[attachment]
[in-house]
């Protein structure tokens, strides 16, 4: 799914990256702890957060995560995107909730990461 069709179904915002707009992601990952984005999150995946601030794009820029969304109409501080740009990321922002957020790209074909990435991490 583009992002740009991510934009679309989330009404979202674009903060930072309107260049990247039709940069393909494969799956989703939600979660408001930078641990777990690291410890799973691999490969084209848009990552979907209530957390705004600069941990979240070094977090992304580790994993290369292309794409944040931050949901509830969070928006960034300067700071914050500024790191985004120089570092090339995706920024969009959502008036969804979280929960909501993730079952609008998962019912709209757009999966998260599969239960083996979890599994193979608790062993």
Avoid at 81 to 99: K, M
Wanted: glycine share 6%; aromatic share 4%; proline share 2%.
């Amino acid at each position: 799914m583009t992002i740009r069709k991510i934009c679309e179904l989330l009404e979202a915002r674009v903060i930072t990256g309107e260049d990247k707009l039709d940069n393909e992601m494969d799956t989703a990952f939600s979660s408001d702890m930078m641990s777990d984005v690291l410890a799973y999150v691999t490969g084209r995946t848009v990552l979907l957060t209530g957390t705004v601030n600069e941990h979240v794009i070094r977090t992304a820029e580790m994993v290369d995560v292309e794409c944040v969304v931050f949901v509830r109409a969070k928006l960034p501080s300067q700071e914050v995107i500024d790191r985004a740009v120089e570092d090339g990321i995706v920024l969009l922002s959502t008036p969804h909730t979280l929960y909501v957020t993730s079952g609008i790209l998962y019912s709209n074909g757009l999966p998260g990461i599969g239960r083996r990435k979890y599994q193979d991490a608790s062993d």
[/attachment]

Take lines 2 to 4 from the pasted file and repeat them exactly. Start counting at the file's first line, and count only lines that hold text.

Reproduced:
């Protein structure tokens, strides 16, 4: 799914990256702890957060995560995107909730990461 069709179904915002707009992601990952984005999150995946601030794009820029969304109409501080740009990321922002957020790209074909990435991490 583009992002740009991510934009679309989330009404979202674009903060930072309107260049990247039709940069393909494969799956989703939600979660408001930078641990777990690291410890799973691999490969084209848009990552979907209530957390705004600069941990979240070094977090992304580790994993290369292309794409944040931050949901509830969070928006960034300067700071914050500024790191985004120089570092090339995706920024969009959502008036969804979280929960909501993730079952609008998962019912709209757009999966998260599969239960083996979890599994193979608790062993």
Avoid at 81 to 99: K, M
Wanted: glycine share 6%; aromatic share 4%; proline share 2%.